The Saga of the Ring
From the vault: Why sand, surf and Swedish husbands don’t mix… a cautionary tale for Valentines.
“… the Ring is trying to get back to its master. It wants to be found.”
It was the way he answered the phone. Something was wrong. Something was very wrong.“Tell me, what’s happened?”
“I lost my wedding ring”, he confessed. “What!!!! How?” I asked, tears already building.“Surfing”. “Surfing?!”
Silence, before the storm. “What! You lost your Very Special Handmade Danish Designed wedding ring surfing?!”
Surfing. Bloody surfing.
At age 37 and without any prior experience, my Swedish Husband had decided that now would be a good time to take up surfing. At first I had been very encouraging, ‘give it a crack’ I’d said, my sister had bought him a board. But as the weeks passed and the bruising increased, I couldn’t help but wait for the day when he would put the ol’ board away and take up ping-pong.
You see, a few weeks prior to this I had also heard that tone in his voice. That was the time when he was in an ambulance, in a neck brace, on his way to emergency for a spinal scan. Surfing, you evil temptress. It’s all fun and whitewash until someone ends up in a wheelchair. Well, at least it was just a piece of metal and not his ability to walk, I thought to myself.
By the time I got home, he was in the fetal position. “I’m so sorry”, he said, one thousand times. “I’ve never taken it off since the day we were married, it’s kind of this thing I have.” Well maybe you should have thought through that policy of yours a little more clearly, especially before entering the Pacific Ocean. Slowly sitting up, he then launched through the long and sorry account of it; the strong rips, the sunscreen on his hands, the icy water, feeling the ring slip off his fingers, trying to catch it in the waves. The big waves. The pounding waves. The board was o.k though, he assured me. Thank God. “I looked for a landmark when it happened so I know where it is, it’s just under quite a few metres of water.” O.K. “I talked to the lifeguards” – they were on a first name basis with him by now – “and they gave me the name of a guy who has a metal detector and hunts for jewelry”. “What, does he come with a snorkel as well?” I asked. Well apparently he did.
A day passed but the fetal position didn’t, his eyes were wells of sadness. “O.K,” I said, “call the jewelry treasure hunter guy and see what he says”. I just couldn’t take seeing him like this much longer.
Phone calls ensured back and forth but within a few hours, things were looking more positive. “He seems to know what he is doing, he knows the beach well and has found stuff underwater before. He said that the ocean floor out here is very hard and unless there is a big storm, we should be able to find it.”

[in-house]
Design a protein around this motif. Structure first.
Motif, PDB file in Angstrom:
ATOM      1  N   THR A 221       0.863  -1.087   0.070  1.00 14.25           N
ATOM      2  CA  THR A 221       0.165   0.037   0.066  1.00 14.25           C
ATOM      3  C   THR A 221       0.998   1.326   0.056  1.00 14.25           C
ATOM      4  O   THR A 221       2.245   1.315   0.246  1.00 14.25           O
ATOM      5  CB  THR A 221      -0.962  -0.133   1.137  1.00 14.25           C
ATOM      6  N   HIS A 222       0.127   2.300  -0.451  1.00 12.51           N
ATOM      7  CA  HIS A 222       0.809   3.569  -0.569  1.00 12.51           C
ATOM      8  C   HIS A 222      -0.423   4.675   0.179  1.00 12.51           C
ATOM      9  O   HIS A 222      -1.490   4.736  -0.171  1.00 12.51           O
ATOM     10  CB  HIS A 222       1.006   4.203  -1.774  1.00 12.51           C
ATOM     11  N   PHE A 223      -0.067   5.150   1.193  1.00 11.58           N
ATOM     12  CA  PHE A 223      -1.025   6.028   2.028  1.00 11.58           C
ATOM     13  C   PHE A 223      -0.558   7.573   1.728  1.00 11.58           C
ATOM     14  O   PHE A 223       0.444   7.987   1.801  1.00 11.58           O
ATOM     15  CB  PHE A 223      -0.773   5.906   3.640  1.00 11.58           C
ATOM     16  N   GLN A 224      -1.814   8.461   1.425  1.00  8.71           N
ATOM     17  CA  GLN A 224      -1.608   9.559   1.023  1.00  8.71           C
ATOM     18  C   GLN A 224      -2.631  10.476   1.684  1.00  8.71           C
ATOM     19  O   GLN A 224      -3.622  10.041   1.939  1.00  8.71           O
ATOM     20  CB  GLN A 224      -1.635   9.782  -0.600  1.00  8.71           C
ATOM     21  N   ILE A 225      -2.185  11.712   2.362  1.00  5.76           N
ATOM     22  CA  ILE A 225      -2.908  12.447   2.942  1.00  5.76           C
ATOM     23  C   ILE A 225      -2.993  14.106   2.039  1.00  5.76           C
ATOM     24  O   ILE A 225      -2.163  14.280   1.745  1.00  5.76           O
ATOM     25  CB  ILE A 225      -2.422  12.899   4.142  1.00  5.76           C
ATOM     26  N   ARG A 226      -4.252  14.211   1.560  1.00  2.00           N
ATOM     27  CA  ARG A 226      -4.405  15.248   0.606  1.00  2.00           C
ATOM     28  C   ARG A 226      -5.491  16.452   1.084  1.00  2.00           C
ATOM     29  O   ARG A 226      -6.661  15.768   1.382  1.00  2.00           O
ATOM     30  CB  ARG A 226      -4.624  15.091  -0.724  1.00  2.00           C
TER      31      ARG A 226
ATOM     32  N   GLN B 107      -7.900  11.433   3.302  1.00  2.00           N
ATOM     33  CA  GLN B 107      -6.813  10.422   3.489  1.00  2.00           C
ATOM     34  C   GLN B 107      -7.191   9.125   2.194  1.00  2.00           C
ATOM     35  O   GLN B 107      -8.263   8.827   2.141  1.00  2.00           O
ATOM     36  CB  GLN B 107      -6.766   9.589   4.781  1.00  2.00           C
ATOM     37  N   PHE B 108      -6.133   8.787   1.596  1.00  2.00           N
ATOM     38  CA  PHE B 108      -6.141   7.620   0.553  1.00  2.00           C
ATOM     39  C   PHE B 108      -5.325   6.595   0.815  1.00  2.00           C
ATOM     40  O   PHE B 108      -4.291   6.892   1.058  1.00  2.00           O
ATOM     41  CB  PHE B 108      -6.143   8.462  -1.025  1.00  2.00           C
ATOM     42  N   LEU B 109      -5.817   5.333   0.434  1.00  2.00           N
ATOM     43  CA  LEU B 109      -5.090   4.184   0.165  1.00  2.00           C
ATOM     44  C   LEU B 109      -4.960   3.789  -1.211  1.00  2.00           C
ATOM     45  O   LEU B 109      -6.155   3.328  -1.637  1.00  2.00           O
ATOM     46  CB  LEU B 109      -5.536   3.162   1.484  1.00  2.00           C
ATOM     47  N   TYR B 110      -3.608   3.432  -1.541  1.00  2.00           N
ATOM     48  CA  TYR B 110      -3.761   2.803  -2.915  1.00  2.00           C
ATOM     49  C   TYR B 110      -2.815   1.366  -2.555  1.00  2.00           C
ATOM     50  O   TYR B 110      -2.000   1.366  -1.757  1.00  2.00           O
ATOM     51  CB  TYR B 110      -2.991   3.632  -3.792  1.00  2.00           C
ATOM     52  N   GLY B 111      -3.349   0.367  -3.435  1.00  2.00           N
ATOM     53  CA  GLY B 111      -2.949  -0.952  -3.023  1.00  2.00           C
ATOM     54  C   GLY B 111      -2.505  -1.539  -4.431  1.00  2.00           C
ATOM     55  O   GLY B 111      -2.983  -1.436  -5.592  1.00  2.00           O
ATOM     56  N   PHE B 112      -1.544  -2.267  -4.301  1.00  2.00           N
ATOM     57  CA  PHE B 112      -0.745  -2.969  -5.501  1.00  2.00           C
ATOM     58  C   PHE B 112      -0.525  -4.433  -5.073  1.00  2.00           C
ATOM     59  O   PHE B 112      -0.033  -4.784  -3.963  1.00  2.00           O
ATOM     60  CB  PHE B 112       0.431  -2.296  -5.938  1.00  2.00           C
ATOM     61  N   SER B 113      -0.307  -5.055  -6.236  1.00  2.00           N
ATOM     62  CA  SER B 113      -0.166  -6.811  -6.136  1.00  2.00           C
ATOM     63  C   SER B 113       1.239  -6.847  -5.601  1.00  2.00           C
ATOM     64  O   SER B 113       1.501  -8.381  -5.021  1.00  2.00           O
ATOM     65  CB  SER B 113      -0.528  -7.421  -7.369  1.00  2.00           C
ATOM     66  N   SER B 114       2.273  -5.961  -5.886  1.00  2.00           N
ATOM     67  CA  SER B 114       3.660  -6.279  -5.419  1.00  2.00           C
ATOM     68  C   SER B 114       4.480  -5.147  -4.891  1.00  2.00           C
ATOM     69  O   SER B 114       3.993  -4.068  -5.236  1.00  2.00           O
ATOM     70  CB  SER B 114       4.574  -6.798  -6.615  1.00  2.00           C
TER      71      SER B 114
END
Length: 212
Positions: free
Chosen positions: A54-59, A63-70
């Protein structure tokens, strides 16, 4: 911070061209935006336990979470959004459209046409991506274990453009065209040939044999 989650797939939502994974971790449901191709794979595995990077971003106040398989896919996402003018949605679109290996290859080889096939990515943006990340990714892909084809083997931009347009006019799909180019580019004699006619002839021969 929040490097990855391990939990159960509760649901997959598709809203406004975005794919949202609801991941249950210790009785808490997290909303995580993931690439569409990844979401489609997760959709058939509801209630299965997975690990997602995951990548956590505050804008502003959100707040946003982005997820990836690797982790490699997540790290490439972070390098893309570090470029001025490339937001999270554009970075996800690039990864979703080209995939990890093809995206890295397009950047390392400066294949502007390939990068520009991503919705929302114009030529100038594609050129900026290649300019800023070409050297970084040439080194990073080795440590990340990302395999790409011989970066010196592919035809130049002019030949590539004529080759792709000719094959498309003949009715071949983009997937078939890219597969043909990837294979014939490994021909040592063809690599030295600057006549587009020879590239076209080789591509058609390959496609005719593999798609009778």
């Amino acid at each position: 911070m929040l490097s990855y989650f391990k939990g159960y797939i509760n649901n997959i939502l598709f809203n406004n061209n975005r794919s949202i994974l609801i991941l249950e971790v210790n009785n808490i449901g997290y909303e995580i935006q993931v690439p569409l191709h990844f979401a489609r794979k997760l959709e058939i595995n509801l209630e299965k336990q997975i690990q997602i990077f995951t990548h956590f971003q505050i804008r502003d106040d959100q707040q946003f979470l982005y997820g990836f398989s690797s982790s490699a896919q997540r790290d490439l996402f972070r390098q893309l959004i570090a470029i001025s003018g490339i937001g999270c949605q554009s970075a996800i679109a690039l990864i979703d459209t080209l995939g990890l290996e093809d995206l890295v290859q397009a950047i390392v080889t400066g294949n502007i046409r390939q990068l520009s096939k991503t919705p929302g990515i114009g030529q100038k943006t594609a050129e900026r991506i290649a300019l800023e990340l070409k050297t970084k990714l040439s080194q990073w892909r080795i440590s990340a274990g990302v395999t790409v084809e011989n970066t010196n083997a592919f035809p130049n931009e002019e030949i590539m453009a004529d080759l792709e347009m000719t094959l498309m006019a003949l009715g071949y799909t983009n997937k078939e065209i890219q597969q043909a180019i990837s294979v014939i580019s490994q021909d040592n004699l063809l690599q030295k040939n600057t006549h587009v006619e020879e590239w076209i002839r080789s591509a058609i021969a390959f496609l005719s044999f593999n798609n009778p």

The day of the big hunt arrived. And so did the storm. We woke to find rain pounding down in a horizontal direction. More phone calls were made but the Treasure Hunter and his friend and helpful aid Scubaman, were on their way and still in positive spirits.
The Swedish Husband, the Treasure Hunter and Scubaman stood on the beach and all tried to look calm as they went face to face with Mother Nature. Come on boys, eye of the tiger.
Scubman started doing some test dives whilst the Treasure Hunter started his work in shallower waters. With headphones on, the rather rotund man headed in; splash, splash, splash. Immediately he started finding things and could identify them correctly, just from the blip, blip, blip. A submarine pin, an old can of Coke, a children’s toy. Immediately, he also started to drown. The currents pulled him under and TSH had to drag all 150 kilos of him back to shore. Huffing and puffing, headphones dangling, he suggested a rope be used. Using my husband as some type pulley system, he thought the next attempt might go better if he was fastened to him. TSH didn’t think so. “Maybe, we should call it off”, he suggested. “Nonsense!” scoffed the Hunter, “we have the lifeguards, that is what they are there for”. TSH didn’t think so.
Tally ho boys! They entered the water again. “I don’t think you should go in much further,” cautioned TSH, the wind whipping his cheeks. Again, the Hunter was sucked under and was being pulled very quickly towards New Zealand. TSH made it back to shore and looked back to find a sea of whitewash, headphones, arms and legs and a wayward metal detector. The rescue dingy was pulled out and the lifeguards rushed in. He was right, the trusty lifeguards were there, and they lived up to their name.
Recovering back on the beach,
TSH wondered if the Hunter was not having a heart attack. As he lay there, red in the face, occasionally spitting up salt water, he suddenly asked “Where’s Scubaman?”. Oh yes, the other 1/2 of the incredible rescue team, where had he been all this time? Searching the beach they saw a figure, face down in the sand, occasionally coughing, way, way, way down on the next beach.
Considering the hunt had nearly taken 2 lives, TSH thought it might be time to call it a day. The Very Special Handmade Danish Designed wedding ring would not be recovered, it would never be found.
That night we sat on the couch, glass of red in hand and lamented our loss. Towards the end of the bottle however we were somewhat cheered up when we received a text from the Hunter, with promises of a mini sub purchase and a second coming. That’s the spirit!
I ended up buying TSH a 40 buck ring from Prouds and told him I would replace it with the real thing when he had proven himself to be more responsible. I just hoped that it didn’t turn his finger black. Or maybe I did.
[Photos courtesy of http://www.sxc.hu ]